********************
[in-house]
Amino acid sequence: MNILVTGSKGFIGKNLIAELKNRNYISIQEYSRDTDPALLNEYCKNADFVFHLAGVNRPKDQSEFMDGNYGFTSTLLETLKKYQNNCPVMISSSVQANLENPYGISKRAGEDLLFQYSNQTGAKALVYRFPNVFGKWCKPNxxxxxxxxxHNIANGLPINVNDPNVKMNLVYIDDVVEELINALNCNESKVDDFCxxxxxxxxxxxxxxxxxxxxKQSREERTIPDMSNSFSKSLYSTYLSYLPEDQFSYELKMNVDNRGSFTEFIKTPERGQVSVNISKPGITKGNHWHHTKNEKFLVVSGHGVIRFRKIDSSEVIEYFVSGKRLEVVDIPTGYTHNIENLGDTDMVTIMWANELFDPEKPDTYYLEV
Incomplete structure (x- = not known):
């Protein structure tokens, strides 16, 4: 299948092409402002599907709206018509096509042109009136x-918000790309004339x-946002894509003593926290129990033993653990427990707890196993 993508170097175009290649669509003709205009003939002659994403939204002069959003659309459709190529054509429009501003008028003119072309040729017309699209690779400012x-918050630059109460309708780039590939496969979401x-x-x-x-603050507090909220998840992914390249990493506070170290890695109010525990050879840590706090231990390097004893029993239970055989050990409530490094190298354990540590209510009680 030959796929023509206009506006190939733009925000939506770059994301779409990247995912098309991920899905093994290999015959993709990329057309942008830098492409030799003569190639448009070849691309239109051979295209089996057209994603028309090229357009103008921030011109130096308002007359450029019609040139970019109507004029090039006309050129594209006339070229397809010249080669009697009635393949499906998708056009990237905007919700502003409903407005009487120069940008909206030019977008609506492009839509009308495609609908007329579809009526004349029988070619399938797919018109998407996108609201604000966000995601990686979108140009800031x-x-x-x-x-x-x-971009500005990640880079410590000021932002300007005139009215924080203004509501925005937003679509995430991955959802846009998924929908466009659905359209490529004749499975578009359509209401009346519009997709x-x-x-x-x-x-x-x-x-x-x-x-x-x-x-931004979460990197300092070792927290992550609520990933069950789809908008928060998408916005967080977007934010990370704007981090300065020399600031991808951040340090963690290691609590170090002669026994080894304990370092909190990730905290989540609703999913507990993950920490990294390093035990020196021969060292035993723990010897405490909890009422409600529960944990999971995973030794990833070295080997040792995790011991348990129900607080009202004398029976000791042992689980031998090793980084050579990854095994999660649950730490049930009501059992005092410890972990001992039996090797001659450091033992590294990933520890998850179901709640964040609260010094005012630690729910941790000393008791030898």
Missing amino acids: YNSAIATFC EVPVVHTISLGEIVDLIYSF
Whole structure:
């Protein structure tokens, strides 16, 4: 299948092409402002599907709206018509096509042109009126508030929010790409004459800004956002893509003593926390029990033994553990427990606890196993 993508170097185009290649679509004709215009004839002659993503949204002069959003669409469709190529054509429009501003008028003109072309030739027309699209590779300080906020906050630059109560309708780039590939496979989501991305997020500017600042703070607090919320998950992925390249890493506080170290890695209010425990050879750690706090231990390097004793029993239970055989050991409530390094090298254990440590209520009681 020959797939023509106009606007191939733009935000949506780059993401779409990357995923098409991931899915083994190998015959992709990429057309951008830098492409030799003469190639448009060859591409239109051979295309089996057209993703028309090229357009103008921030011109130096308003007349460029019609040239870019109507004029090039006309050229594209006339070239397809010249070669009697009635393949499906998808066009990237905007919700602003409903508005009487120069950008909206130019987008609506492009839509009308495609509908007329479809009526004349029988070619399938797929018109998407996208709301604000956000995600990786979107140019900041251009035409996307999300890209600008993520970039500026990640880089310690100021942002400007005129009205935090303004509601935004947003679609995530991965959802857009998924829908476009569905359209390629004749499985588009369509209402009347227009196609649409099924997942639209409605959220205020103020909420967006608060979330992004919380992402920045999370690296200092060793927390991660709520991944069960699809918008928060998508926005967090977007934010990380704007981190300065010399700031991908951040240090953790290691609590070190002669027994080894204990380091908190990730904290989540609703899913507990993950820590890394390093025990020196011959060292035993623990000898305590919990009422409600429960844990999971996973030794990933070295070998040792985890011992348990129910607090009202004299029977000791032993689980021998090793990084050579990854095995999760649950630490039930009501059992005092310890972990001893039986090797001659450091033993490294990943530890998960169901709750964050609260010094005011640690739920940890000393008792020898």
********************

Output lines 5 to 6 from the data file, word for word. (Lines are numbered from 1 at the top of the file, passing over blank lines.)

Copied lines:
Missing amino acids: YNSAIATFC EVPVVHTISLGEIVDLIYSF
Whole structure: